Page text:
10/03/2008: "A Million Here, A Million There..Oops!"
County Auditor Milene Henley delivered revenue projections In a report to the Council for 2009 and revised projections for 2008 that added to the previous warnings that the County Council is overspending their budget.
Henley’s PowerPoint presentation of the history and projections of the budget indicated revenue and expenditures have been close to parallel In the past, but that time has, well, passed.
Decreases in revenue from taxes, resulting from decreases in new construction, real estate and retail sales may also indicate a lower collection rate for property taxes can be expected; all of which, Henley said, may decrease year-end total revenues to less than had been budgeted. Next year the decrease could be as high as 7%. Sometimes a small number can be a lot less, like a million dollars less than this years budget started off with.
Speaking of small numbers and sources of income, Henley gave one example of the problem the County is facing in raising money. She said that while only a 1% increase is allowed in property tax,1% would only produce $40,000 of revenue, which is “less than 2009 requested [budget] increases due to the cost of fuel and related expenses” alone.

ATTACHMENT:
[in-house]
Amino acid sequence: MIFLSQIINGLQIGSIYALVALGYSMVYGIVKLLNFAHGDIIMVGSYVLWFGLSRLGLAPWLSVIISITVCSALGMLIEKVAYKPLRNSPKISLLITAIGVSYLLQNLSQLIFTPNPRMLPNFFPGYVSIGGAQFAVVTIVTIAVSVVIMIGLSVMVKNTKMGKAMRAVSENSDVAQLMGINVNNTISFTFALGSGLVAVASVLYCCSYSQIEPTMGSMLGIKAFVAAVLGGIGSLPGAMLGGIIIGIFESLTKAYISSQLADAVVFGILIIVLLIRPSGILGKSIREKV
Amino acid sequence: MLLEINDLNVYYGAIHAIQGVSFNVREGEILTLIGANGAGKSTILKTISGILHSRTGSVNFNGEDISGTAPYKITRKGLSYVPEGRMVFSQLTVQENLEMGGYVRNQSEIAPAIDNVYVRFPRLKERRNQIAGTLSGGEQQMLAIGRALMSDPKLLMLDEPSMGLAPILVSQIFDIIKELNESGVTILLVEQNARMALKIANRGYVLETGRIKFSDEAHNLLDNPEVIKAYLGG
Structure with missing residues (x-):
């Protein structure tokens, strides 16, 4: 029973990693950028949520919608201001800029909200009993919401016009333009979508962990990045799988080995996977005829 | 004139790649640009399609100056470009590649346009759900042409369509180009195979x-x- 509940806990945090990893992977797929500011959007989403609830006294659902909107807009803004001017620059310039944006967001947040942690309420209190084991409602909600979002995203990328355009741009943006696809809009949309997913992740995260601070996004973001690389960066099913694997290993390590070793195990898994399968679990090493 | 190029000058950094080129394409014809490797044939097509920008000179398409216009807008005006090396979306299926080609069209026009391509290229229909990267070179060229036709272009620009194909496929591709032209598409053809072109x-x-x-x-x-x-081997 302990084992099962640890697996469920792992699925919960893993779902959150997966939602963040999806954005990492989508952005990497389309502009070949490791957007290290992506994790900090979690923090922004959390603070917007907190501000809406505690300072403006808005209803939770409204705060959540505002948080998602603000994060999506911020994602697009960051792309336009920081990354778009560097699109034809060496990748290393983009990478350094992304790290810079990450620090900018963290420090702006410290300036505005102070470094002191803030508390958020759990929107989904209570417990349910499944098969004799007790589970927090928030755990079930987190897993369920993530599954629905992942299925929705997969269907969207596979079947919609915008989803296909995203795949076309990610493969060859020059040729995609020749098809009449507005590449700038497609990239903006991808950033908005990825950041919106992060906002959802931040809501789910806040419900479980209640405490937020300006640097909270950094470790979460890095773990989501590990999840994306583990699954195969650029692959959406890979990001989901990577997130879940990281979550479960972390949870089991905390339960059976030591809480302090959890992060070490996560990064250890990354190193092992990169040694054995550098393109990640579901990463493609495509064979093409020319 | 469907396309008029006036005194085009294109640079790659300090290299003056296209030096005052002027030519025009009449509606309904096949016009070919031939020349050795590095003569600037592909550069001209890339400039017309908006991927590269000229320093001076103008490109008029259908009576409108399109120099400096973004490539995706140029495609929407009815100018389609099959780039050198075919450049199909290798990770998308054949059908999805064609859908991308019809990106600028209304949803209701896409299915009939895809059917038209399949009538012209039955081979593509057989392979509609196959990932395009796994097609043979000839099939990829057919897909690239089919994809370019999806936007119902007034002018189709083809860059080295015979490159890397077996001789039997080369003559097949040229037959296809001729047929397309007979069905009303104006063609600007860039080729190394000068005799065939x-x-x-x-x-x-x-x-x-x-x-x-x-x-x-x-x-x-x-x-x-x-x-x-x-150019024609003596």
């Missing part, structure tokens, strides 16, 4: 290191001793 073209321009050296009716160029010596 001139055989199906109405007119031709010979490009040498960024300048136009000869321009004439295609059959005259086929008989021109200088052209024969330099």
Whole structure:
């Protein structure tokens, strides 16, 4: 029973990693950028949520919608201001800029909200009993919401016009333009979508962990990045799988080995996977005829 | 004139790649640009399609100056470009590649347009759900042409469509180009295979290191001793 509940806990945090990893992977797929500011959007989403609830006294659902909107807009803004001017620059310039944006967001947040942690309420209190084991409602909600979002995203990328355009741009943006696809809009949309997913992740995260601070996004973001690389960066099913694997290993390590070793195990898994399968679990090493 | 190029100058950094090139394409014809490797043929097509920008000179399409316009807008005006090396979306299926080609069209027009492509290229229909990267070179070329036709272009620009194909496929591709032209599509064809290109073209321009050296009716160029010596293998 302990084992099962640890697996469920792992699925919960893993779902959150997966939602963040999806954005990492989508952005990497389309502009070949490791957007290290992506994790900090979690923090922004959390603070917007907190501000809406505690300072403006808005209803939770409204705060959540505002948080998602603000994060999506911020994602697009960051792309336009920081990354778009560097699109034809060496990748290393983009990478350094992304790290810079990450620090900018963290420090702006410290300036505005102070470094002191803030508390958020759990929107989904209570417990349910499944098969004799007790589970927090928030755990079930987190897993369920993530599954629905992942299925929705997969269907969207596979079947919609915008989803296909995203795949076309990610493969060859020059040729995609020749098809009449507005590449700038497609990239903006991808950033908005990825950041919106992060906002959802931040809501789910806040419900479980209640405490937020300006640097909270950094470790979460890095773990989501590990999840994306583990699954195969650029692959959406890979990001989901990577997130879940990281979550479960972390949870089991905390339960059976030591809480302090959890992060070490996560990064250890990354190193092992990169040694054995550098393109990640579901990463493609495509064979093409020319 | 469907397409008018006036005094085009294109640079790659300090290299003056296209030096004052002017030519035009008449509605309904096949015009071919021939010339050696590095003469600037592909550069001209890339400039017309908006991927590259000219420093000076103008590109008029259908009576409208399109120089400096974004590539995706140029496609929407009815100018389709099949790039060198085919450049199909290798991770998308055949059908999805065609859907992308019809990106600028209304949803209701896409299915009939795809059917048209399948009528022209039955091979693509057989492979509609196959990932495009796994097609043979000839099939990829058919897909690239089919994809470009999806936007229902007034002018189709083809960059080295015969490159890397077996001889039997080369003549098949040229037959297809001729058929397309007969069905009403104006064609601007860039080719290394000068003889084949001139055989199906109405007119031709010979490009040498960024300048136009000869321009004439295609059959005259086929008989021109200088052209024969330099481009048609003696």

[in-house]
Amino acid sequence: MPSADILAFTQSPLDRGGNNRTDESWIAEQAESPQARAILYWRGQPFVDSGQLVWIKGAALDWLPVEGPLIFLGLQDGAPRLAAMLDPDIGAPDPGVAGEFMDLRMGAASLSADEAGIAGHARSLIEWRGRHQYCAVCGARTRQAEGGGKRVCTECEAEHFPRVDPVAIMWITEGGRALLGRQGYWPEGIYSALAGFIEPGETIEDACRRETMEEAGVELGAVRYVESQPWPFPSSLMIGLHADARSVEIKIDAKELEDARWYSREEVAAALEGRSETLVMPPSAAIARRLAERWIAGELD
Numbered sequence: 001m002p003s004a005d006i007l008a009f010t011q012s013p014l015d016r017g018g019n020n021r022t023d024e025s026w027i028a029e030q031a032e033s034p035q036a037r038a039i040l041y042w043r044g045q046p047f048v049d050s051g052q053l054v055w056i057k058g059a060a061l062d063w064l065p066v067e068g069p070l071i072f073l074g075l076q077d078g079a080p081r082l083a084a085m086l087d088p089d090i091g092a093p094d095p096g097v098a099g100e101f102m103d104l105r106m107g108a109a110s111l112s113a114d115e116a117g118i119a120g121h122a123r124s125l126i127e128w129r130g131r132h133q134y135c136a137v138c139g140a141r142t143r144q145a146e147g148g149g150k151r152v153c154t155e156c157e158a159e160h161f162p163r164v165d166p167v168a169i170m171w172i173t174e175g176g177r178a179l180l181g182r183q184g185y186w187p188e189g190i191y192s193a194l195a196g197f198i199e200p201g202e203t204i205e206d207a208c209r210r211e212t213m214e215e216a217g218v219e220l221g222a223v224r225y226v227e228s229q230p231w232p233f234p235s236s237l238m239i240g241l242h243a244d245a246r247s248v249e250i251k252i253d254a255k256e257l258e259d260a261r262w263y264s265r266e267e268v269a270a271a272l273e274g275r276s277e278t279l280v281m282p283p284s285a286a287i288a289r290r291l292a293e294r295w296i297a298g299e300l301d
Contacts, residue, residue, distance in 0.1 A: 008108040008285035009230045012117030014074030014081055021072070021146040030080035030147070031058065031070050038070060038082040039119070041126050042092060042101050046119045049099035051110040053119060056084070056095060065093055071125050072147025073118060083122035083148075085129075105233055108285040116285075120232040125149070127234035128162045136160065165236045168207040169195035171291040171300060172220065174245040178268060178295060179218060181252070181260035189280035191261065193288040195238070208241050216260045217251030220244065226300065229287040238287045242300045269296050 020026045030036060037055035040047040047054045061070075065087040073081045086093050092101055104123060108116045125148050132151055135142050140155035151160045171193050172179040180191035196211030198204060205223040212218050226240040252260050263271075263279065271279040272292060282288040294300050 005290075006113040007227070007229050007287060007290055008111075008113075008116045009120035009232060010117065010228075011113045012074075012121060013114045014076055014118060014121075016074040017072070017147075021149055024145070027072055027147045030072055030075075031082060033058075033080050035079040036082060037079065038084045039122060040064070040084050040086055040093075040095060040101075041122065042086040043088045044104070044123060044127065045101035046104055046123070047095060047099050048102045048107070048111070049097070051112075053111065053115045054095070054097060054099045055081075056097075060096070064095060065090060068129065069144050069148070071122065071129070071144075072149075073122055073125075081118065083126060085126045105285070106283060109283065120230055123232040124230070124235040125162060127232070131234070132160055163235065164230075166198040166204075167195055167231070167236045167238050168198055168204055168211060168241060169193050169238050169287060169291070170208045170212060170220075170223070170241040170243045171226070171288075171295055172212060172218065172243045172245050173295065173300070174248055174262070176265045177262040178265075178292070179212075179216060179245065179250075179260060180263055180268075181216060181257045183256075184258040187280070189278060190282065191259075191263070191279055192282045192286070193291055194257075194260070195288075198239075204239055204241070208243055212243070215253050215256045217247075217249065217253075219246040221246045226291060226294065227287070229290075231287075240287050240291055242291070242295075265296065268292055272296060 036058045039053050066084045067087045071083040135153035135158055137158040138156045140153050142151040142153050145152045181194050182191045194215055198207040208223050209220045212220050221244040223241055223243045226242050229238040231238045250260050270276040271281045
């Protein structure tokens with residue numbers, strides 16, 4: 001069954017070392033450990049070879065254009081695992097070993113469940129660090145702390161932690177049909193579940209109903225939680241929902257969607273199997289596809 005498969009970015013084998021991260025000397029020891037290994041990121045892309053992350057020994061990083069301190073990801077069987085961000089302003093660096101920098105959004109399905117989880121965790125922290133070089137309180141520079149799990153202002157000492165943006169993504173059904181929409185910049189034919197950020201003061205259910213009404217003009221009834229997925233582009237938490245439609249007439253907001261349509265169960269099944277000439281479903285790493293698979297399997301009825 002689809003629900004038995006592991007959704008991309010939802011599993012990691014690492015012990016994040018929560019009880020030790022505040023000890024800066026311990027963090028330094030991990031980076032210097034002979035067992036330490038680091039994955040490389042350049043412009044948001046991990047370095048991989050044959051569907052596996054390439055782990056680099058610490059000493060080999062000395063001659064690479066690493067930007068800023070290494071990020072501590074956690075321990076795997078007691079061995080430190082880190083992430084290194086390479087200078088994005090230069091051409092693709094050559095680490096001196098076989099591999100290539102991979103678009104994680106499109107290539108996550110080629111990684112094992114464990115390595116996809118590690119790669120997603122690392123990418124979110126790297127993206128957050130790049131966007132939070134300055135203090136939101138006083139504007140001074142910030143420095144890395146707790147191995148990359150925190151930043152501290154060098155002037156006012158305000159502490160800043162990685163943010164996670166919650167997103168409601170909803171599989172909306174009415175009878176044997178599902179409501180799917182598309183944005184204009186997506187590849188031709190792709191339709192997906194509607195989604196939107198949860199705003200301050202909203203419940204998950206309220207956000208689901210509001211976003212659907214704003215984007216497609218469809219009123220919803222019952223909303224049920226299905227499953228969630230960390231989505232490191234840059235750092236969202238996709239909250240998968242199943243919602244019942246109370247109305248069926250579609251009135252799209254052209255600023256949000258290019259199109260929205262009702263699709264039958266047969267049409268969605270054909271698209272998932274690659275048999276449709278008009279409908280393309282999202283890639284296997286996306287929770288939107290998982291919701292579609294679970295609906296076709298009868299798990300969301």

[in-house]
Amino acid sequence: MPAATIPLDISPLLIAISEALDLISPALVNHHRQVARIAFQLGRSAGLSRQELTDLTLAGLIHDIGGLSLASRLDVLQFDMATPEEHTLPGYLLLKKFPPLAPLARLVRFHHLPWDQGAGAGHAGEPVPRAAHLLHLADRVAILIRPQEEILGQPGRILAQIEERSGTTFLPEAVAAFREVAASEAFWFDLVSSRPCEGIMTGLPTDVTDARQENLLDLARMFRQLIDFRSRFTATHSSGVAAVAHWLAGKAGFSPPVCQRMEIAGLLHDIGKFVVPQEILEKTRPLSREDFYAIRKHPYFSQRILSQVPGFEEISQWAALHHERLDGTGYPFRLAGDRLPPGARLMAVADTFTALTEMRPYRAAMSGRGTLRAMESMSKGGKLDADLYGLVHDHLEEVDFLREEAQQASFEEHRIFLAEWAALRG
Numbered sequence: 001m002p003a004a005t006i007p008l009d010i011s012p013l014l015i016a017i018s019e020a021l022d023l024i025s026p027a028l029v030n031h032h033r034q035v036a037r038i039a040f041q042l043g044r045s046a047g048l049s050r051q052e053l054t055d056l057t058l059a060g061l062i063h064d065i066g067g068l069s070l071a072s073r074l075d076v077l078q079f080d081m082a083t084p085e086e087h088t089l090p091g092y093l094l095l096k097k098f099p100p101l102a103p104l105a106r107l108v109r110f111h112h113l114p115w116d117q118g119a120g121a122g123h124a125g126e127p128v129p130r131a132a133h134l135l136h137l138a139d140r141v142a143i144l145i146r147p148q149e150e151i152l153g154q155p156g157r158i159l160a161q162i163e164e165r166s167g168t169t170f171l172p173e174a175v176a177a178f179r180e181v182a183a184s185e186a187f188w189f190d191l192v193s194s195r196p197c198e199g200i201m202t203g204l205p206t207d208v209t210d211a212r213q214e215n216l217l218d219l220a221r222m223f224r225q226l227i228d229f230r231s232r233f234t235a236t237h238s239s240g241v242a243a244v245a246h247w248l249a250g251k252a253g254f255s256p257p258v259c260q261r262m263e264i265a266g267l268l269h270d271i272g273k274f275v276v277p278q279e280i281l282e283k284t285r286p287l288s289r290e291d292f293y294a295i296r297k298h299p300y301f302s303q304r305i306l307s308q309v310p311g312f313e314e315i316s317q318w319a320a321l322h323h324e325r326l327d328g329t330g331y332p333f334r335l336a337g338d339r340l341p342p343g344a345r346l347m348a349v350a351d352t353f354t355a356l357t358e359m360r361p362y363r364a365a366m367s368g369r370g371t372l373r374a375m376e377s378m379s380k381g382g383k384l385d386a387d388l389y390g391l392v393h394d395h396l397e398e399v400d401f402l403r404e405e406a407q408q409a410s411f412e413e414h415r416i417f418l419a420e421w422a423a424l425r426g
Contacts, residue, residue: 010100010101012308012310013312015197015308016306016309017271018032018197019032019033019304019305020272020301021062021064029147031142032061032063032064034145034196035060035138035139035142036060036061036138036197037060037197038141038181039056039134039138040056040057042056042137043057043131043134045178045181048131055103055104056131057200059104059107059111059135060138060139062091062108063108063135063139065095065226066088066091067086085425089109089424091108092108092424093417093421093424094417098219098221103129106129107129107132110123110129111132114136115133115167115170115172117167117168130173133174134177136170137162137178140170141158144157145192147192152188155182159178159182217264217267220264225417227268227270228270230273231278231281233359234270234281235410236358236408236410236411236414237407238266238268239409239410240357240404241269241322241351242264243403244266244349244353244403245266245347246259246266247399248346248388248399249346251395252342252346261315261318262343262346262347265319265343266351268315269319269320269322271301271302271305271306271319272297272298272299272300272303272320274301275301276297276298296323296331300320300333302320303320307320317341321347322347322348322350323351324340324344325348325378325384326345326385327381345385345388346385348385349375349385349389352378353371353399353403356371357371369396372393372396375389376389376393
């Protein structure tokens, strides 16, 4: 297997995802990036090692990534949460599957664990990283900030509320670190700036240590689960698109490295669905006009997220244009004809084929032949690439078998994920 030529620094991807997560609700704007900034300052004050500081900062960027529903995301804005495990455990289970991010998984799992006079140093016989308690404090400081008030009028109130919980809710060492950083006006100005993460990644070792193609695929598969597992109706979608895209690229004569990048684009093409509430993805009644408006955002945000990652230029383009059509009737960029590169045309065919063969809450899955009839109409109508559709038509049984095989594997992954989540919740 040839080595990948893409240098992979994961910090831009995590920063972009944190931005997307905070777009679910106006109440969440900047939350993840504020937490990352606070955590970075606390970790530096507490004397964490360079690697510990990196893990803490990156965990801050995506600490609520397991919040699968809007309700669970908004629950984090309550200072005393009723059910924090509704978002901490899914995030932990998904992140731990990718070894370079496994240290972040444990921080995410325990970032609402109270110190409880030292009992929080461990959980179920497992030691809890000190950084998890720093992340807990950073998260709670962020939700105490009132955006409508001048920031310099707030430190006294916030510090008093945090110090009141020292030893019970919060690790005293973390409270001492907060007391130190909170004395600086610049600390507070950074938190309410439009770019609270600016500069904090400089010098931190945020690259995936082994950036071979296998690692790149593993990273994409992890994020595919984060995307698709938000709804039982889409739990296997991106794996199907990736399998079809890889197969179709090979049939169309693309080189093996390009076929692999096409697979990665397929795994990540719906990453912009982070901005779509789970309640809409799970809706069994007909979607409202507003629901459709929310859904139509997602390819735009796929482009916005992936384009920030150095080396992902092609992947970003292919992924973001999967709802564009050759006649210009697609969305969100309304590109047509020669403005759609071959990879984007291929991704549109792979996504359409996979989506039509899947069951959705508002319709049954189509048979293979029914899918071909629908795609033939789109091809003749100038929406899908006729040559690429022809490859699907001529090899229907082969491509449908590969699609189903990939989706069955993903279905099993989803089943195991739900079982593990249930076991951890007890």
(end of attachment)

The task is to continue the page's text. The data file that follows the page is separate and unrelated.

Dedicated levies (another way to spell “tax”) to support Health programs and Criminal Justice related programs are a possible source of additional funding the Council could look at. The County is not the only one feeling the pinch, so the tax payer may look askance at any attempts to increase the take from property owners.
County Administrator Pete Rose has been gently applying pressure to the Council to deal with the problem by asking them to state what is important to them, or conversely, what are they willing to stop providing in the way of programs and services.
State law requires a balanced budget, so Rose and his staff will have to suggest cuts, and if the Council is unable to agree what to cut, the County will have to decrease the county reserves to a level the Auditor does not support.
Councilman Alan Lichter wondered if there were submerged costs to the County when they accepted and became involved in new programs that are grant funded. Rose said the grants pay their way without impacting the budget.
Rose told the Council that he will present them with a balanced budget in October as required by law, but told Council Members they would have to make difficult decisions about priorities, essential services and community values.